Skip to main content
You are the owner of this article.
You have permission to edit this article.
Edit
Bitter cold continues for Wisconsin, but finally some light at the end of the tunnel
alert

Bitter cold continues for Wisconsin, but finally some light at the end of the tunnel

Days of bitter cold with highs struggling to get out of the single digits lie ahead for southern Wisconsin, but there finally is a glimmer of hope with highs soaring to near 20 next Tuesday, according to forecasters.

Very cold temperatures and dangerous wind chills are expected to continue through this weekend, with the potential for more wind chill advisories, particularly over the weekend, the National Weather Service said.

Light snow is possible across southern Wisconsin Thursday afternoon into Thursday night and again late in the week.

Up to an inch of accumulation is possible south of a line roughly from Prairie du Chien to Wautoma to Green Bay, with up to 2 inches possible in Milwaukee and far southeastern Wisconsin.

Snow total ranges Thur-Fri by National Weather Service

Forecasters had been warning for about a month that a weakening in the polar vortex could send bitter cold plunging into Wisconsin. It took longer than initially predicted, but the frigid cold arrived last weekend may turn into the coldest stretch in Madison history by one measure.

Madison’s longest string of consecutive days with a daytime high temperature of 10 degrees or less is 10, which occurred in January 1963, followed by seven in January 1994, according to Steve Ackerman and Jonathan Martin, UW-Madison professors.

The high for Madison was 6 on Saturday, zero on Sunday, 5 on Monday, and 10 on Tuesday, and the highest high forecast through Monday by the National Weather Service and 27 Storm Track is 11.

The harshest cold of the winter that is punishing the north-central U.S. is due to a shift in the polar vortex that enabled frigid arctic air to flow south, AccuWeather said.

As a result of the frigid air, ice coverage on Lake Erie soared from 8% at 7 a.m. Sunday to more than 80% Tuesday afternoon, while overall ice coverage for the entire Great Lakes rose from around 12.6% in Saturday to around 24.8% Tuesday.

Fargo, North Dakota, last recorded a temperature above zero on Friday night, while Minneapolis made it to 1 for a short time Saturday afternoon but soon dropped back to zero and below and has remained there since, AccuWeather said.

In Madison on Wednesday, look for mostly cloudy skies, a high near 11, and northwest wind around 5 miles per hour, producing wind chill values of 10 below to zero, the Weather Service said.

After an overnight low around 6 below with wind chills of 20 below to 10 below, Thursday’s forecast features a 50% chance for snow, mainly after 4 p.m., increasing clouds, a high near 8 and north winds at 5 to 10 mph producing wind chill values of 20 below to 10 below.

Snow is likely overnight Thursday into Friday, mainly between 7 p.m. and 1 a.m., as the low falls to around 1 below, with possible new snow accumulation of less than a half-inch.

The Weather Service said chances for snow are 20% Friday before 7 a.m.; Friday night after 7 p.m.; Saturday 30%, mainly after 1 p.m.; Saturday night 30% before 1 a.m.; and 20% Monday night and Tuesday.

The same blast of cold air that brought low temperatures to the Rockies will soon move to the Plains and the Great Lakes.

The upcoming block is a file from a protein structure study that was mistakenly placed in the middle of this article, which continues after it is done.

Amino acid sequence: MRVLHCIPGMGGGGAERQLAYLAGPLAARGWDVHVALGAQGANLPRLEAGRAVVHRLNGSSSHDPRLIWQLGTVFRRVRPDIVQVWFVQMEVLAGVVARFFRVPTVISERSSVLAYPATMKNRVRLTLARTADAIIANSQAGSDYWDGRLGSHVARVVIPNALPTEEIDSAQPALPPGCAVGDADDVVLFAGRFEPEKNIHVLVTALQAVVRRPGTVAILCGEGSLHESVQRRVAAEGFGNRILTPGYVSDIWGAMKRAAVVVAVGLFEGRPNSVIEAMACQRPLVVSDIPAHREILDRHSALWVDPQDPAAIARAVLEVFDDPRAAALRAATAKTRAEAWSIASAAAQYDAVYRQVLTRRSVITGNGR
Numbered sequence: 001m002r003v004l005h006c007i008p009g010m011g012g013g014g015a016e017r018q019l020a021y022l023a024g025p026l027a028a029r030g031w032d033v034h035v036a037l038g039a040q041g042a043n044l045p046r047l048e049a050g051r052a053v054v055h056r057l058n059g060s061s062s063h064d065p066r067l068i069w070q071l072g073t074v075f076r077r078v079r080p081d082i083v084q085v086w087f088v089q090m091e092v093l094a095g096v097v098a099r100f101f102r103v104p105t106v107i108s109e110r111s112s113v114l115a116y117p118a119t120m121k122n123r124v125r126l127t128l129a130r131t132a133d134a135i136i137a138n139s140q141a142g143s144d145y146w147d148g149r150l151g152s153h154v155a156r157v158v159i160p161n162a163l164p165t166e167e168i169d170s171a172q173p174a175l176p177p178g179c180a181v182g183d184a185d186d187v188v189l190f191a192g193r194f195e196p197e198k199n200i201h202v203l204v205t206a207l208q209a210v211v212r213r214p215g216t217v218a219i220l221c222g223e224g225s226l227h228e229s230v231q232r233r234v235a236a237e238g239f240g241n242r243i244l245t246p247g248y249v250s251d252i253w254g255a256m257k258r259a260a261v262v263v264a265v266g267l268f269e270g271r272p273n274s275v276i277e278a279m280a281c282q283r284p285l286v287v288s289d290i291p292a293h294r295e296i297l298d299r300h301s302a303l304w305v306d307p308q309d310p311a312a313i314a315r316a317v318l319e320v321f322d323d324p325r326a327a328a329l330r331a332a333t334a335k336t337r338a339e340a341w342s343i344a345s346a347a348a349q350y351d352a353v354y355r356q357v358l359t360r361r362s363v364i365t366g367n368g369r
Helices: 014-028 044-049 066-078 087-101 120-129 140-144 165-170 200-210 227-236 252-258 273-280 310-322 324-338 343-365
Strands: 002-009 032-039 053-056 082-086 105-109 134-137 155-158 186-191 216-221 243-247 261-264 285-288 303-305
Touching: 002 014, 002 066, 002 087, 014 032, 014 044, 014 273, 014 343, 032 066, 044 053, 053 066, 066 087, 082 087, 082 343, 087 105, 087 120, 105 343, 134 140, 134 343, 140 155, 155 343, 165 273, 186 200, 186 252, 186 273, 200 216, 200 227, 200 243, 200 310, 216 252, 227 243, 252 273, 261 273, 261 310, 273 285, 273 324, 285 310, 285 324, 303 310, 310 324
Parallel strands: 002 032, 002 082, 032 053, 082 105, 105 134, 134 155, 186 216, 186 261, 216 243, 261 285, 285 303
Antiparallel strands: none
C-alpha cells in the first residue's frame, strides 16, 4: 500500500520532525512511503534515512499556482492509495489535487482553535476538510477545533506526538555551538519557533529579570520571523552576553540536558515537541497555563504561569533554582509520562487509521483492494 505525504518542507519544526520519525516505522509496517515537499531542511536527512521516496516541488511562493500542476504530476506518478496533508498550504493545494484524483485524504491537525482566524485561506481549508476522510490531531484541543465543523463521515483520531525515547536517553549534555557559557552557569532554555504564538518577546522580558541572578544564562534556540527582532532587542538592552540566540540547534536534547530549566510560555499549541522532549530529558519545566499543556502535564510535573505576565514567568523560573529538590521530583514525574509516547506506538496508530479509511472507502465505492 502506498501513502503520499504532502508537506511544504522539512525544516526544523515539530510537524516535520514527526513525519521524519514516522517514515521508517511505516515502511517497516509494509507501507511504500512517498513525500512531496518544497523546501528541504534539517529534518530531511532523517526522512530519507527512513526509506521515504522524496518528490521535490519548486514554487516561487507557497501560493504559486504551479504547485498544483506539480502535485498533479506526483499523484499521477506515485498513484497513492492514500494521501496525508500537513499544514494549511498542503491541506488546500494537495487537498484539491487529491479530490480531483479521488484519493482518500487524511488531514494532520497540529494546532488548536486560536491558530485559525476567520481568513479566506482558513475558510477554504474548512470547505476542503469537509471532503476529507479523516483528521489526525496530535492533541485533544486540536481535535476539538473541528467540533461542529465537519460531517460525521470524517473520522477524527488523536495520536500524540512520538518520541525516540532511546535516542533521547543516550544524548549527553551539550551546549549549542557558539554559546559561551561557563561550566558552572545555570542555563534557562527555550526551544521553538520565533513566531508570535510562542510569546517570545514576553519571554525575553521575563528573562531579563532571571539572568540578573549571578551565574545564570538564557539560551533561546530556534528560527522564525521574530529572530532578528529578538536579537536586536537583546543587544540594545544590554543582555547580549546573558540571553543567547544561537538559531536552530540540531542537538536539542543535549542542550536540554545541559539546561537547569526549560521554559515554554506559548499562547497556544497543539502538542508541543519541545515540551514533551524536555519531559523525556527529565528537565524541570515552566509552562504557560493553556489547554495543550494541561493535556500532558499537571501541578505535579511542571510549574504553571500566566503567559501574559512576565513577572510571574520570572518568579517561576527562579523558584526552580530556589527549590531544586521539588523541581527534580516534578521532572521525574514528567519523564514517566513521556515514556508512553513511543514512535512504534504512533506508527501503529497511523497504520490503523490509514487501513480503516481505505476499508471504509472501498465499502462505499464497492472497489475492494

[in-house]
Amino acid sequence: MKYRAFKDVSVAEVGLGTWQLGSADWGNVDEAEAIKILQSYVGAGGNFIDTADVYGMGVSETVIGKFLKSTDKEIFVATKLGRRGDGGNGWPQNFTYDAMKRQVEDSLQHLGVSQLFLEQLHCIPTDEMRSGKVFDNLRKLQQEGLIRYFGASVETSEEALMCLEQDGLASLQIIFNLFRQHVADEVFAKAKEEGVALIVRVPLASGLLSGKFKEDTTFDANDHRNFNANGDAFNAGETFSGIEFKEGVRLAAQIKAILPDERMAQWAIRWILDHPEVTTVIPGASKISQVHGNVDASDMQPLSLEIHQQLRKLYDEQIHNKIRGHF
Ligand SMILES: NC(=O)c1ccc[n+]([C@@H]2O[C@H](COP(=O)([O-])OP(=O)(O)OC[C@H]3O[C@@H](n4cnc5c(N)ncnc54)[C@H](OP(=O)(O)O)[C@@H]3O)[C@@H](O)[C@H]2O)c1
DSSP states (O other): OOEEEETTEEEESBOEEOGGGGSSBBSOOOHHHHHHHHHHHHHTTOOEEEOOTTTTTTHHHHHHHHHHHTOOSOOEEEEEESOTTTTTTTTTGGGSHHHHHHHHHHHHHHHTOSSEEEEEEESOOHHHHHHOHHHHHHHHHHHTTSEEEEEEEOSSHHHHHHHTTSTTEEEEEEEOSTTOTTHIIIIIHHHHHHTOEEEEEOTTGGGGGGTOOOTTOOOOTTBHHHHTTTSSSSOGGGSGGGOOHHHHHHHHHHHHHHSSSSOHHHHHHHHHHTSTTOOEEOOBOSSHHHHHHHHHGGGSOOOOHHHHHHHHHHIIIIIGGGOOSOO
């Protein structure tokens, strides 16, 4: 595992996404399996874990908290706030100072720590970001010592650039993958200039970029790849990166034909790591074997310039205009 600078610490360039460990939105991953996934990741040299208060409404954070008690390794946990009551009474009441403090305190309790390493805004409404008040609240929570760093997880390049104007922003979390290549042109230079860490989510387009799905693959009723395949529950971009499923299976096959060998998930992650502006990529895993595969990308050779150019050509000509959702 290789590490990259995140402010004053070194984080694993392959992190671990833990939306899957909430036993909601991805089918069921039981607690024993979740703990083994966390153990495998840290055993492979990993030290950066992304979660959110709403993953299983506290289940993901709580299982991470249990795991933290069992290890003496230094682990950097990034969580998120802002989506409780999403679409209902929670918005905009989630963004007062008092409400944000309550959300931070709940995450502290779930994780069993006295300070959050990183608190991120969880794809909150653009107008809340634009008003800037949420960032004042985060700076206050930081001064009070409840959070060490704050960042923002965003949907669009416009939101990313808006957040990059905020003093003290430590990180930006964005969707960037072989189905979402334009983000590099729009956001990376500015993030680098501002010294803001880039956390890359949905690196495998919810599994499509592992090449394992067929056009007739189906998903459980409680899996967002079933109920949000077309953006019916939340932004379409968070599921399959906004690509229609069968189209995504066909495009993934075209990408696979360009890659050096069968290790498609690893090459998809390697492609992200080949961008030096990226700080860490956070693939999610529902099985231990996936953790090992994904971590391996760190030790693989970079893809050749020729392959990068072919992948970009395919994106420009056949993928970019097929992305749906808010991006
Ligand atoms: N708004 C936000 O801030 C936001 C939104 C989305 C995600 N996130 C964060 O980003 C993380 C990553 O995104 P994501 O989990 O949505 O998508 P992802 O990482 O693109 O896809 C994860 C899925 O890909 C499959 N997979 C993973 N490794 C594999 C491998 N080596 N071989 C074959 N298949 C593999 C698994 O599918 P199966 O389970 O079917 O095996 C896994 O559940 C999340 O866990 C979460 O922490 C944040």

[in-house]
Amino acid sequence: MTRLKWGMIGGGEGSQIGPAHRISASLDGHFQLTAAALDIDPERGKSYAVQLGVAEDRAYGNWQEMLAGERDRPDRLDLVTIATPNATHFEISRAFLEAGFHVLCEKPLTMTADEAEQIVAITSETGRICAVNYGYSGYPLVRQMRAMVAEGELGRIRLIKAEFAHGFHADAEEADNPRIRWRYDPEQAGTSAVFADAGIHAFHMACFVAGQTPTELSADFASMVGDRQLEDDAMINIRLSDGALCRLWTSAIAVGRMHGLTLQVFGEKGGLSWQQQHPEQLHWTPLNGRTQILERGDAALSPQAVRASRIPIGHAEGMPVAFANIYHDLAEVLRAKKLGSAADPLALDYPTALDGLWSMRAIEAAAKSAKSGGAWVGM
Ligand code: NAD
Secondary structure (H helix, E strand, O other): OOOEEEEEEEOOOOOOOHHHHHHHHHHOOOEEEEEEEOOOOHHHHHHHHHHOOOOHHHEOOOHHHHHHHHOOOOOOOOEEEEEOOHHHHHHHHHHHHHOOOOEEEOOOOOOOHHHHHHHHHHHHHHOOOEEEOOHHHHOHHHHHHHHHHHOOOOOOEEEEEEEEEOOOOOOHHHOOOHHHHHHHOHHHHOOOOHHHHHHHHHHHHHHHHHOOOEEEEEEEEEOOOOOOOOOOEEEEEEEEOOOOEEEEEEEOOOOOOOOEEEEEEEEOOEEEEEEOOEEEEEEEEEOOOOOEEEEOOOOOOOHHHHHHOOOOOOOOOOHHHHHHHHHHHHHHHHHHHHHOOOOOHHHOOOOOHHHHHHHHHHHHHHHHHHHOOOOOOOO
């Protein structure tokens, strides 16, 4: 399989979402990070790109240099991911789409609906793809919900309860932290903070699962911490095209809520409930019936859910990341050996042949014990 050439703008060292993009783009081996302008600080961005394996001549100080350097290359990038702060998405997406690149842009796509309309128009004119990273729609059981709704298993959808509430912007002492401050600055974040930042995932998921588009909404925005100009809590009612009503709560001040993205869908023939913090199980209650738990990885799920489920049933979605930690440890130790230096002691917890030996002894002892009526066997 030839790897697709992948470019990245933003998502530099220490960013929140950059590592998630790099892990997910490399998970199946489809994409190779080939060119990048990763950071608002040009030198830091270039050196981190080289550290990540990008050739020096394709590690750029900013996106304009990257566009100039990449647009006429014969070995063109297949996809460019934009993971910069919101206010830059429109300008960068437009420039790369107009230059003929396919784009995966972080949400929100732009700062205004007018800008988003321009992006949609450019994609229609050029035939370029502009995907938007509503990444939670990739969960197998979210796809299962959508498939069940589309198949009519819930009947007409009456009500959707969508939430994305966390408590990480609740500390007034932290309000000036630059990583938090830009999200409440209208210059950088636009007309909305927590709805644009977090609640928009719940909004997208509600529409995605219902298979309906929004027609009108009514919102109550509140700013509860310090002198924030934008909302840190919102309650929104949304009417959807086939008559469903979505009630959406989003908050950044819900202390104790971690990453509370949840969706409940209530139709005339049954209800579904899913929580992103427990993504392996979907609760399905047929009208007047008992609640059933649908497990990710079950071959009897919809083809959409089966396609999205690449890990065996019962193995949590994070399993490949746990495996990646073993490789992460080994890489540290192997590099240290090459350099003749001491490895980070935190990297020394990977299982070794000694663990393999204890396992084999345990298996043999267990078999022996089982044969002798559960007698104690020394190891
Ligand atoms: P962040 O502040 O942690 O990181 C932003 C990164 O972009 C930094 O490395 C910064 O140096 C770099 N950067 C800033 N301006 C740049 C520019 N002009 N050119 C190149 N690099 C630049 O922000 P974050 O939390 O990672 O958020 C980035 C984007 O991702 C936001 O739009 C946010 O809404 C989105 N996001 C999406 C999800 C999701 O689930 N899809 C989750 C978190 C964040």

Skies over Madison should be mostly cloudy Friday and Saturday, mostly sunny Sunday, and partly sunny Monday and Tuesday, with highs near 9, 6, 2, 9 and 17, and lows Friday night through Monday night around 4 below, 11 below, 13 below and 3 below.

27 Storm Track meteorologist Max Tsaparis forecasts light snow developing Thursday afternoon into Friday morning, more light snow possible Friday night into Saturday, and again on Tuesday.

Tsaparis said highs for Madison Wednesday through Tuesday should be near 11, 8, 6, 6, 3, 2 and 17, and overnight lows around 7 below, 1 below, 4 below, 10 below, 15 below and 3 below.

Tuesday’s high in Madison was 10 at 4:01 p.m., 19 degrees below the normal high and 40 degrees below the record high of 50 for Feb. 9, set in 1925 and 1966.

Tuesday’s low in Madison was 18 below at 6:47 a.m., 31 degrees below the normal low and 10 degrees above the record low of 28 below for Feb. 9, set in 1899.

The heavy storm will make for a messy end to the week, as travel will be slowed and packing snowfall could accumulate for some.

No precipitation was recorded at the Dane County Regional Airport on Tuesday, leaving Madison’s February total at 0.34 inches, 0.06 inches below normal. The meteorological winter (December through February) precipitation total (rain plus snow converted to liquid) stayed at 2.74 inches, 0.63 inches below normal. The 2021 precipitation total stayed at 1.61 inches, 0.02 inches below normal.

Madison’s record precipitation for Feb. 9 is 1.29 inches in 2001.

With no snow on Tuesday, Madison’s February total stayed at 3.7 inches, the normal. For meteorological winter, Madison has received 34.2 inches, 4.1 inches above normal. For the snow season (since July 1), Madison has received 36.5 inches, 2.3 inches above normal.

Madison’s record snowfall for Feb. 9 is 6 inches in 2020.

Madison’s official snow depth is 13 inches.


Photos: Remembering greatest single-day snowstorm in Madison history

Local Weather

* I understand and agree that registration on or use of this site constitutes agreement to its user agreement and privacy policy.

Related to this story

Get up-to-the-minute news sent straight to your device.

Topics

News Alerts

Badger Sports

Breaking News

Crime

Politics